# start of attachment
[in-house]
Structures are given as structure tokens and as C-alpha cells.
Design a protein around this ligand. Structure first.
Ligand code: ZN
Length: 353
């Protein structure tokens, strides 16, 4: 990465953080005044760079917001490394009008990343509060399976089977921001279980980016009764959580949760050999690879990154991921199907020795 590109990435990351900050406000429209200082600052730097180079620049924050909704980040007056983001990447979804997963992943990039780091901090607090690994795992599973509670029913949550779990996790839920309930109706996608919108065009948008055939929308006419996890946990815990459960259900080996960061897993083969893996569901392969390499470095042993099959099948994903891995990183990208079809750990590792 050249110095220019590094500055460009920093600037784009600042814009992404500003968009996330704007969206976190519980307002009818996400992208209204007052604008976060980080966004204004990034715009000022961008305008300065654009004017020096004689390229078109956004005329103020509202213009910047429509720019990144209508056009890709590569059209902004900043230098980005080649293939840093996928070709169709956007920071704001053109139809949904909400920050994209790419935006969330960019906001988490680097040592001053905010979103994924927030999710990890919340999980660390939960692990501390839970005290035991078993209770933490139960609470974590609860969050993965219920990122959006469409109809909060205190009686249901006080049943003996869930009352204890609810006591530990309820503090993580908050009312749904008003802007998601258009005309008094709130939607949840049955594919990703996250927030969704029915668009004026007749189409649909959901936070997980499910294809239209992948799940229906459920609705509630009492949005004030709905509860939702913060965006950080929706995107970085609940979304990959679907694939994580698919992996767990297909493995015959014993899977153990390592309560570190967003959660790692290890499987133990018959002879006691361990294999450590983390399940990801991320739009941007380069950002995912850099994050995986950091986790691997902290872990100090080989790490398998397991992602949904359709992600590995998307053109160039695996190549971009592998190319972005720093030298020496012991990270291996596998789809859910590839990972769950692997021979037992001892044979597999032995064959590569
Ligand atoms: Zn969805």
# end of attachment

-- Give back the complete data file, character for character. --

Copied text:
[in-house]
Structures are given as structure tokens and as C-alpha cells.
Design a protein around this ligand. Structure first.
Ligand code: ZN
Length: 353
């Protein structure tokens, strides 16, 4: 990465953080005044760079917001490394009008990343509060399976089977921001279980980016009764959580949760050999690879990154991921199907020795 590109990435990351900050406000429209200082600052730097180079620049924050909704980040007056983001990447979804997963992943990039780091901090607090690994795992599973509670029913949550779990996790839920309930109706996608919108065009948008055939929308006419996890946990815990459960259900080996960061897993083969893996569901392969390499470095042993099959099948994903891995990183990208079809750990590792 050249110095220019590094500055460009920093600037784009600042814009992404500003968009996330704007969206976190519980307002009818996400992208209204007052604008976060980080966004204004990034715009000022961008305008300065654009004017020096004689390229078109956004005329103020509202213009910047429509720019990144209508056009890709590569059209902004900043230098980005080649293939840093996928070709169709956007920071704001053109139809949904909400920050994209790419935006969330960019906001988490680097040592001053905010979103994924927030999710990890919340999980660390939960692990501390839970005290035991078993209770933490139960609470974590609860969050993965219920990122959006469409109809909060205190009686249901006080049943003996869930009352204890609810006591530990309820503090993580908050009312749904008003802007998601258009005309008094709130939607949840049955594919990703996250927030969704029915668009004026007749189409649909959901936070997980499910294809239209992948799940229906459920609705509630009492949005004030709905509860939702913060965006950080929706995107970085609940979304990959679907694939994580698919992996767990297909493995015959014993899977153990390592309560570190967003959660790692290890499987133990018959002879006691361990294999450590983390399940990801991320739009941007380069950002995912850099994050995986950091986790691997902290872990100090080989790490398998397991992602949904359709992600590995998307053109160039695996190549971009592998190319972005720093030298020496012991990270291996596998789809859910590839990972769950692997021979037992001892044979597999032995064959590569
Ligand atoms: Zn969805």